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Trial of free school lunch scheme splits opinion

NZEI Te Riu Roa President Lynda Stuart said teachers and school staff see first hand the effects of poverty in Aotearoa, and the free lunch trial announced by the government is a step in the right direction.

“Teachers know that hungry kids simply can’t learn. Feeding hungry kids at school is a simple but powerful way that we as a society can counteract our shameful child poverty rate,” she says. “We look forward to working with the government to ensure the trial is a success.”

The trial will provide free lunch for 30 schools in order to reduce child poverty, hoping to expand to 120 schools by 2021. Auckland Action Against Poverty also welcomed the move towards the provision of free lunches for kids but warned that the limited targeting of the scheme and low benefit levels wouldn’t address core issues of food deprivation and poverty.

“The Government can’t address child poverty without fixing adult poverty. While we support the move towards free lunches for kids, we are concerned that the Government continues leaving their parents in poverty,” said Ricardo Menendez March, Auckland Action Against Poverty Coordinator.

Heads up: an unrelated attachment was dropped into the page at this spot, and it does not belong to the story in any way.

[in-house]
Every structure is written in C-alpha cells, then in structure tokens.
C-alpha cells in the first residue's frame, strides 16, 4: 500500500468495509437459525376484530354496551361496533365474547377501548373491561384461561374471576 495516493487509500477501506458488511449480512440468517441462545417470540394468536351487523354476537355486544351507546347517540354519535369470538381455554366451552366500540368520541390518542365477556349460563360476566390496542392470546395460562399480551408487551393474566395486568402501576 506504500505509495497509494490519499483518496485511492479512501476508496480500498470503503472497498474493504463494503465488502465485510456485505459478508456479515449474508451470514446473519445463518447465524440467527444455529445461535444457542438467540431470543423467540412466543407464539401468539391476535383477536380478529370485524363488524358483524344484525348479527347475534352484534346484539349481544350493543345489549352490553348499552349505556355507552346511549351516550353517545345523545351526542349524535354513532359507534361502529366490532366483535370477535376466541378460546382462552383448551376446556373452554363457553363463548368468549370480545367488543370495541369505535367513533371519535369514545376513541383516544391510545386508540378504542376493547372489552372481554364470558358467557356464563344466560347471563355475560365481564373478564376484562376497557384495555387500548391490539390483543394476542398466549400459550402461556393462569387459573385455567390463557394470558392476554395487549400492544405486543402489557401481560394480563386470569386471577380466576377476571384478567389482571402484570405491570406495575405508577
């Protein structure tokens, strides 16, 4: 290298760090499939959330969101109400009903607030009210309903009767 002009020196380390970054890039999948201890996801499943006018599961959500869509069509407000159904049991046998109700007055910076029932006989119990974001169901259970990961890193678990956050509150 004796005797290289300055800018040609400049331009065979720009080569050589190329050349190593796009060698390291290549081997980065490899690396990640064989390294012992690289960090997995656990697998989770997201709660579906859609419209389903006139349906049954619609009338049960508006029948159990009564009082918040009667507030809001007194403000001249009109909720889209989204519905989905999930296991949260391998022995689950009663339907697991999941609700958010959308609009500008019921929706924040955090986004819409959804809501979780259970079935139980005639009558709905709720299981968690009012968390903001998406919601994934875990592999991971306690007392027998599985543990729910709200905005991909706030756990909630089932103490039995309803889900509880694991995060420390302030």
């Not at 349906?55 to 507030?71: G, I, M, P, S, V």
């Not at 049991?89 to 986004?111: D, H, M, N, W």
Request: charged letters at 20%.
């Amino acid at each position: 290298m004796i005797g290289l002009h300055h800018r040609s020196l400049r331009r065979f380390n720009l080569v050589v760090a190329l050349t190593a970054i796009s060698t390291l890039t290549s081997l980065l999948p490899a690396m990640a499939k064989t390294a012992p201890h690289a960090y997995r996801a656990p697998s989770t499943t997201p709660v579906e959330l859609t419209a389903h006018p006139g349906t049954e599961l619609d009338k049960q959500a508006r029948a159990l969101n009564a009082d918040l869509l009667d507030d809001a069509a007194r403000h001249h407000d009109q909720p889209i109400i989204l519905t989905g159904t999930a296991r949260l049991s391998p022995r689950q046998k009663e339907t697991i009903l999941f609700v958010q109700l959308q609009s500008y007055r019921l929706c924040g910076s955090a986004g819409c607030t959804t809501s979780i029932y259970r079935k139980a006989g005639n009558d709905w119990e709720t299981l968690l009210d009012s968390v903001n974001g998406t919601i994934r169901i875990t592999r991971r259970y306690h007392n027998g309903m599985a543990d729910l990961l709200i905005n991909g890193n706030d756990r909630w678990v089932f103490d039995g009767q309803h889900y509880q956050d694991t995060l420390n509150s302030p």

“In order to put a dent on the record number of food grants by Work and Income the provision of free lunches need to be universal. If the Government wants to lift families out of poverty they need to address below the poverty benefit levels and lift them by at least 47% as recommended by the Welfare Expert Advisory Group.

“Hardship grants have almost doubled from June last year. In the quarter of June 2019 there were 229,132 food grants needed by families across Aotearoa, compared to 137,424 last year. This is a direct result of increased levels of food poverty in Aotearoa. Work and Income has not changed its policy around food grant entitlements, while rent prices and the cost of living across the country continue to rise.

Stuart added that while a free lunch scheme will help to alleviate an immediate symptom of poverty, the bigger challenge is fixing the underlying causes.

“Ultimately more needs to be done to increase the incomes of families struggling to make ends meet. We look forward to hearing more from the government on concrete measures – such as fair pay agreements – that will help achieve this,” Stuart says.

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